2053 Woodbridge Avenue - Edison, NJ 08817

Sunday, January 25, 2009

NJ Laws Email Newsletter E293 January 21, 2009

NJ Laws Email Newsletter E293
Kenneth Vercammen, Attorney at Law

January 21, 2009

In This Issue
1. Recent cases: If Miranda not Honored, Statement Suppressed. State v. Burno-Taylor

2. No Privacy on Work Computer. State v. M.A.

3. Juveniles can be Included on
Prohibited List on Public Housing. In the Interest of X.B

4. Apparent Liability Rendered Hospital Liable for the Doctor's Negligence
Estate of Cordero v Christ Hospital

5. Video & Legal podcast now on YouTube.- The Kenneth Vercammen channel

Main Website with 500 + articles and 1,000 + links
(732) 572-0500
Greetings Ken Vercammen,
1. Recent cases: If Miranda not Honored, Statement Suppressed. State v. Burno-Taylor 400 NJ Super. 581 (App. Div. 2008)

Because defendant's right to remain silent was not scrupulously honored, the trial court should have granted defendant's motion to suppress his statement.
2. No Privacy on Work Computer. State v. M.A. 402 NJ Super. 353 (App. Div. 2008)

Defendant stole over $650,000 from his employer. A warrantless search of two workplace computers, conducted pursuant to the employer's consent, revealed evidence confirming the theft. Defendant appeals from the denial of his motion to suppress evidence seized from the computers, contending that he had a right to privacy in the personal information he stored in the computers. The court concluded defendant had no reasonable expectation of privacy under the Fourth Amendment or the New Jersey Constitution in the contents of the computers, including the personal information.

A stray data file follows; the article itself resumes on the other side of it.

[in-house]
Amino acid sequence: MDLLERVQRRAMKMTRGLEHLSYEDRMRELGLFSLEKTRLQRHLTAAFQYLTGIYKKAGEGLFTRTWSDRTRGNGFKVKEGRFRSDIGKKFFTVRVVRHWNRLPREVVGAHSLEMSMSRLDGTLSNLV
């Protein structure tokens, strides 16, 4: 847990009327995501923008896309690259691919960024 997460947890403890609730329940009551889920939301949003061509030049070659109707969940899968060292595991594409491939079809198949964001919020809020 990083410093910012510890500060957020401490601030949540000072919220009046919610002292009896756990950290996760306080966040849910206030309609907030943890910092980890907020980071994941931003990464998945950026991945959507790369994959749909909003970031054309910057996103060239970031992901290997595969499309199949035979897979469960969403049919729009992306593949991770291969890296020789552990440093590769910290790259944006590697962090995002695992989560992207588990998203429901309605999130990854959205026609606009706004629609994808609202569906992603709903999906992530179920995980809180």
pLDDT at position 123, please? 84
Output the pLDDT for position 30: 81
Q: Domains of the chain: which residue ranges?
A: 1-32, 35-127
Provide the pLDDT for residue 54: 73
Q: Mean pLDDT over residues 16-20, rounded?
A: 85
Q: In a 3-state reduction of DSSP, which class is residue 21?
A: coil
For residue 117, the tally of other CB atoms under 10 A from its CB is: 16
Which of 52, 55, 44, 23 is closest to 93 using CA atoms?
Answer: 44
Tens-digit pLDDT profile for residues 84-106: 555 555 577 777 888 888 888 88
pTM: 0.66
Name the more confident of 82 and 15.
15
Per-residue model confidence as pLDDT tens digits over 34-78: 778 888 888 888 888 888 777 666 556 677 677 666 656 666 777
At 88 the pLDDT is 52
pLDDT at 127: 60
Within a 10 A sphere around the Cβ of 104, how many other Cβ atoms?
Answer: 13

3. Juveniles can be Included on Prohibited List on Public Housing. In the Interest of X.B. 402 NJ Super. 23 (App. Div. 2008)

X.B., a juvenile, was arrested for trespassing on public housing property, despite being notified that he was on a list prohibiting him from being on the housing complex property. Following his adjudication as a delinquent, he appealed, arguing his inclusion on the list was unconstitutional as applied to him.

The court affirmed the trial court's finding of delinquency and found no constitutional infirmity as applied to him. The court did, however, caution public entities who maintain such lists to consider adopting regulations regarding one's placement on and removal from the list and establishing a procedure whereby one can challenge placement on the list.